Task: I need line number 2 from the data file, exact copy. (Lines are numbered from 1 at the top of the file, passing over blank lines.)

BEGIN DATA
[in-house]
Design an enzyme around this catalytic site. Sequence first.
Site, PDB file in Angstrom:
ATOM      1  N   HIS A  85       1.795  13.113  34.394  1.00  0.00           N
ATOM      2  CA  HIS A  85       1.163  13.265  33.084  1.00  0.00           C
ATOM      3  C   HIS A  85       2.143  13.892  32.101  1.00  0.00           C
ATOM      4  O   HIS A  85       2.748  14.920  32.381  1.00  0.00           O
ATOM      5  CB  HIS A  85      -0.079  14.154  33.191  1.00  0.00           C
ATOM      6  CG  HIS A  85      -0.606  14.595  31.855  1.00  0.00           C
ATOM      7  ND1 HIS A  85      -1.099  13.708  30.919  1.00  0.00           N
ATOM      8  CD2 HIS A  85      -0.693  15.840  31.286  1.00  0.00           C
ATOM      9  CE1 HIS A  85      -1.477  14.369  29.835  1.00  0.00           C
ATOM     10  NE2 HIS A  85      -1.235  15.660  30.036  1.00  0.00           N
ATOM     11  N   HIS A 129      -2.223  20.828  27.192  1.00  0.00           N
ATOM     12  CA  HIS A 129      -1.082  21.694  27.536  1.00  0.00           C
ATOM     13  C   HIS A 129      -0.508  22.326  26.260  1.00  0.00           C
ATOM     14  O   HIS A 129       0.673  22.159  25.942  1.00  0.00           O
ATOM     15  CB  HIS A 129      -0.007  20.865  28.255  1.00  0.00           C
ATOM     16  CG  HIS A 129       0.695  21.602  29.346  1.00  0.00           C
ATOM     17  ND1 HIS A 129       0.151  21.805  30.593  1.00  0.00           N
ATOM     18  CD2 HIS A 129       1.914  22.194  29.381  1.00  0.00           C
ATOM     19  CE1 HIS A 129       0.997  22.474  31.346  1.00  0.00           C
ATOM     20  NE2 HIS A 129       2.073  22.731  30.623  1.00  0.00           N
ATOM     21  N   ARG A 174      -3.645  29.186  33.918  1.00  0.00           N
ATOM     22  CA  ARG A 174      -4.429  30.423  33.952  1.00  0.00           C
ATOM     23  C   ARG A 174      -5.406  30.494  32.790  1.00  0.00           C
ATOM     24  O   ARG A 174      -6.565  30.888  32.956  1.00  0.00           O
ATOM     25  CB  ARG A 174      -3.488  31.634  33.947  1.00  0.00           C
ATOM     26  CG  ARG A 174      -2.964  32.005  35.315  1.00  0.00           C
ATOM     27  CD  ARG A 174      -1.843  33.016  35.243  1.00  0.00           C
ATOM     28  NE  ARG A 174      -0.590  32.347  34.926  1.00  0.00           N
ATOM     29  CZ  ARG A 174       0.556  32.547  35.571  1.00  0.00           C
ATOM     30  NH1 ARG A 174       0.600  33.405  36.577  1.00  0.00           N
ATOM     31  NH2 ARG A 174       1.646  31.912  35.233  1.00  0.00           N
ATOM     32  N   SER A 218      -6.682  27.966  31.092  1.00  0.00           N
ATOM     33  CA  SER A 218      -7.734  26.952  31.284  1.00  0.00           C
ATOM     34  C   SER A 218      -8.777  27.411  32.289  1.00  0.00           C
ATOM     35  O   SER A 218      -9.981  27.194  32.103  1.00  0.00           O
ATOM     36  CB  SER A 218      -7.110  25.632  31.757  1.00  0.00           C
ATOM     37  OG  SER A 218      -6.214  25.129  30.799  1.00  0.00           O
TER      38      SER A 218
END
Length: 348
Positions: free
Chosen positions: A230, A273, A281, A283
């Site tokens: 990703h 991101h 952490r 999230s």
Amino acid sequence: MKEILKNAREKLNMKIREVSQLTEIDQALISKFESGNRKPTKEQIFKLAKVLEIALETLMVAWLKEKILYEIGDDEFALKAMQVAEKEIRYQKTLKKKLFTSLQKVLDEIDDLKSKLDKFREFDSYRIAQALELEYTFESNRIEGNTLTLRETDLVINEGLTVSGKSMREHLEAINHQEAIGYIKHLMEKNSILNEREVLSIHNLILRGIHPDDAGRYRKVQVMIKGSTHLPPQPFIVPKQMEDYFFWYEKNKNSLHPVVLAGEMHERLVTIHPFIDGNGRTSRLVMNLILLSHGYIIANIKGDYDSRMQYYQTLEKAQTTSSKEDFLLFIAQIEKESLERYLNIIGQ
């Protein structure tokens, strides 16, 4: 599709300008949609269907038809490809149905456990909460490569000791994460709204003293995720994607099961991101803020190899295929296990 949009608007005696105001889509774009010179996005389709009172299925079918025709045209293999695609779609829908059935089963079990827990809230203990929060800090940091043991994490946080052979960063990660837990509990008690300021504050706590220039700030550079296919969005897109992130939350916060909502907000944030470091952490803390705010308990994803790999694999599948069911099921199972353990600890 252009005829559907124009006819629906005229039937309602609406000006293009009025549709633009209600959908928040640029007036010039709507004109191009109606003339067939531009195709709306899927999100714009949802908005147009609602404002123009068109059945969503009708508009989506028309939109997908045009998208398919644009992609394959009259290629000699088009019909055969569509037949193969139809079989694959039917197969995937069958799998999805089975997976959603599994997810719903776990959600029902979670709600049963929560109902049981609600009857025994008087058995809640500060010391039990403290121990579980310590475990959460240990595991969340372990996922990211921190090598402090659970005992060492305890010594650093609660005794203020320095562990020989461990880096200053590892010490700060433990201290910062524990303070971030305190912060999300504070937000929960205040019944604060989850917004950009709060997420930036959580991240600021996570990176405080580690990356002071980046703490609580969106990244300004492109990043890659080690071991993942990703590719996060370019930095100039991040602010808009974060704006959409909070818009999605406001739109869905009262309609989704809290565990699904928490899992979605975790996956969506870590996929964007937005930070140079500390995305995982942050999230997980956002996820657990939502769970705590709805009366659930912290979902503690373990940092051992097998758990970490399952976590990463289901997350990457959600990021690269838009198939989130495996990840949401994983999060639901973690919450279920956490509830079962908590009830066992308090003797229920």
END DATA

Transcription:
Design an enzyme around this catalytic site. Sequence first.